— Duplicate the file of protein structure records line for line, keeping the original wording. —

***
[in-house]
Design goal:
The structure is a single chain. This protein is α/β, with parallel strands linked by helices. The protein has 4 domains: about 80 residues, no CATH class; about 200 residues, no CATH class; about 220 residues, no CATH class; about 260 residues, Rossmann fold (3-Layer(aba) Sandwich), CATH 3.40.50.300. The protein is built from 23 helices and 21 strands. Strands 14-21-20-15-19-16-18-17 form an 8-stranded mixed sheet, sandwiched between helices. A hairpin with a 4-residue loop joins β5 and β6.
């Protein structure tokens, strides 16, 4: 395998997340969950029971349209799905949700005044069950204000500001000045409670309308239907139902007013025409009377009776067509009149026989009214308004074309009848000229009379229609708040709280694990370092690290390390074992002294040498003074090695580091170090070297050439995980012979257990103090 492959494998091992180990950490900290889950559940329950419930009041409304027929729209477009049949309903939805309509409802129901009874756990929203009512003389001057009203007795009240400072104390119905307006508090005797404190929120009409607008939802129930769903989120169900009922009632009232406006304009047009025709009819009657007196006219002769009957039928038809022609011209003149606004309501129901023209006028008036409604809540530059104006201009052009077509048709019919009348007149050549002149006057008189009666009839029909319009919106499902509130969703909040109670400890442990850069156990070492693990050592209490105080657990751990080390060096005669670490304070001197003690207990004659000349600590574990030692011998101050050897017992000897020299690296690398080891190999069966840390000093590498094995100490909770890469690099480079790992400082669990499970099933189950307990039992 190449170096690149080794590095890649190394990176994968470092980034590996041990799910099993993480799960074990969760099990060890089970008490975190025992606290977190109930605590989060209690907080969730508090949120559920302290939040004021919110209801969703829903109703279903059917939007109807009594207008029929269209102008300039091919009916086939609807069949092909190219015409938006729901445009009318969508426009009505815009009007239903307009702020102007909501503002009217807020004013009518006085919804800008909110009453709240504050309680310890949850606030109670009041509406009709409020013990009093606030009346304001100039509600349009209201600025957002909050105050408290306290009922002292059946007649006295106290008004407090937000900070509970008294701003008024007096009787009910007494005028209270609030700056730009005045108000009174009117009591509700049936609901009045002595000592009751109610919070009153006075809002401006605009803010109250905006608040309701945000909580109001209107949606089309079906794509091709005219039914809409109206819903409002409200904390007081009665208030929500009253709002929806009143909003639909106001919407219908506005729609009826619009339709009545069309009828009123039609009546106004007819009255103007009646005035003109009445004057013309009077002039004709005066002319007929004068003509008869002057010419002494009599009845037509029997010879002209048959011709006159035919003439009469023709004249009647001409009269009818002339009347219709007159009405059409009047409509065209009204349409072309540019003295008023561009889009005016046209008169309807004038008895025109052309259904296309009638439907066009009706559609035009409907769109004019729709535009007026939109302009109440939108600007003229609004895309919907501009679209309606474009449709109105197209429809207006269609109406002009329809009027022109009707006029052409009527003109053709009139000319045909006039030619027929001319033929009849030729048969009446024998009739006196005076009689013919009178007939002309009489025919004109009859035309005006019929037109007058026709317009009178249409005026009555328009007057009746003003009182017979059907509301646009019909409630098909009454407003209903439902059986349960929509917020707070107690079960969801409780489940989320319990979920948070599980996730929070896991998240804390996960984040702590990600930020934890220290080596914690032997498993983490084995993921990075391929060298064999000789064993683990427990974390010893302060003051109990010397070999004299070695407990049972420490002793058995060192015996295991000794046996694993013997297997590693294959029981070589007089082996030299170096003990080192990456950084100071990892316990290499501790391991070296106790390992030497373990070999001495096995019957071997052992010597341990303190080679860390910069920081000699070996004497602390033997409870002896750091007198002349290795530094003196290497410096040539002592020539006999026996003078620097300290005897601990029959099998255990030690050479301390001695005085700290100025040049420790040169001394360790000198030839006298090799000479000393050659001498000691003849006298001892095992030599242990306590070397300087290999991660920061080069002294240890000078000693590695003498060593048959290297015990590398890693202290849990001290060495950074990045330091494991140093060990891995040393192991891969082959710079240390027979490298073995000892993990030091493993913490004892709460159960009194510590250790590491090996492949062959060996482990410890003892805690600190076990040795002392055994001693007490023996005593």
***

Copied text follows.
[in-house]
Design goal:
The structure is a single chain. This protein is α/β, with parallel strands linked by helices. The protein has 4 domains: about 80 residues, no CATH class; about 200 residues, no CATH class; about 220 residues, no CATH class; about 260 residues, Rossmann fold (3-Layer(aba) Sandwich), CATH 3.40.50.300. The protein is built from 23 helices and 21 strands. Strands 14-21-20-15-19-16-18-17 form an 8-stranded mixed sheet, sandwiched between helices. A hairpin with a 4-residue loop joins β5 and β6.
């Protein structure tokens, strides 16, 4: 395998997340969950029971349209799905949700005044069950204000500001000045409670309308239907139902007013025409009377009776067509009149026989009214308004074309009848000229009379229609708040709280694990370092690290390390074992002294040498003074090695580091170090070297050439995980012979257990103090 492959494998091992180990950490900290889950559940329950419930009041409304027929729209477009049949309903939805309509409802129901009874756990929203009512003389001057009203007795009240400072104390119905307006508090005797404190929120009409607008939802129930769903989120169900009922009632009232406006304009047009025709009819009657007196006219002769009957039928038809022609011209003149606004309501129901023209006028008036409604809540530059104006201009052009077509048709019919009348007149050549002149006057008189009666009839029909319009919106499902509130969703909040109670400890442990850069156990070492693990050592209490105080657990751990080390060096005669670490304070001197003690207990004659000349600590574990030692011998101050050897017992000897020299690296690398080891190999069966840390000093590498094995100490909770890469690099480079790992400082669990499970099933189950307990039992 190449170096690149080794590095890649190394990176994968470092980034590996041990799910099993993480799960074990969760099990060890089970008490975190025992606290977190109930605590989060209690907080969730508090949120559920302290939040004021919110209801969703829903109703279903059917939007109807009594207008029929269209102008300039091919009916086939609807069949092909190219015409938006729901445009009318969508426009009505815009009007239903307009702020102007909501503002009217807020004013009518006085919804800008909110009453709240504050309680310890949850606030109670009041509406009709409020013990009093606030009346304001100039509600349009209201600025957002909050105050408290306290009922002292059946007649006295106290008004407090937000900070509970008294701003008024007096009787009910007494005028209270609030700056730009005045108000009174009117009591509700049936609901009045002595000592009751109610919070009153006075809002401006605009803010109250905006608040309701945000909580109001209107949606089309079906794509091709005219039914809409109206819903409002409200904390007081009665208030929500009253709002929806009143909003639909106001919407219908506005729609009826619009339709009545069309009828009123039609009546106004007819009255103007009646005035003109009445004057013309009077002039004709005066002319007929004068003509008869002057010419002494009599009845037509029997010879002209048959011709006159035919003439009469023709004249009647001409009269009818002339009347219709007159009405059409009047409509065209009204349409072309540019003295008023561009889009005016046209008169309807004038008895025109052309259904296309009638439907066009009706559609035009409907769109004019729709535009007026939109302009109440939108600007003229609004895309919907501009679209309606474009449709109105197209429809207006269609109406002009329809009027022109009707006029052409009527003109053709009139000319045909006039030619027929001319033929009849030729048969009446024998009739006196005076009689013919009178007939002309009489025919004109009859035309005006019929037109007058026709317009009178249409005026009555328009007057009746003003009182017979059907509301646009019909409630098909009454407003209903439902059986349960929509917020707070107690079960969801409780489940989320319990979920948070599980996730929070896991998240804390996960984040702590990600930020934890220290080596914690032997498993983490084995993921990075391929060298064999000789064993683990427990974390010893302060003051109990010397070999004299070695407990049972420490002793058995060192015996295991000794046996694993013997297997590693294959029981070589007089082996030299170096003990080192990456950084100071990892316990290499501790391991070296106790390992030497373990070999001495096995019957071997052992010597341990303190080679860390910069920081000699070996004497602390033997409870002896750091007198002349290795530094003196290497410096040539002592020539006999026996003078620097300290005897601990029959099998255990030690050479301390001695005085700290100025040049420790040169001394360790000198030839006298090799000479000393050659001498000691003849006298001892095992030599242990306590070397300087290999991660920061080069002294240890000078000693590695003498060593048959290297015990590398890693202290849990001290060495950074990045330091494991140093060990891995040393192991891969082959710079240390027979490298073995000892993990030091493993913490004892709460159960009194510590250790590491090996492949062959060996482990410890003892805690600190076990040795002392055994001693007490023996005593």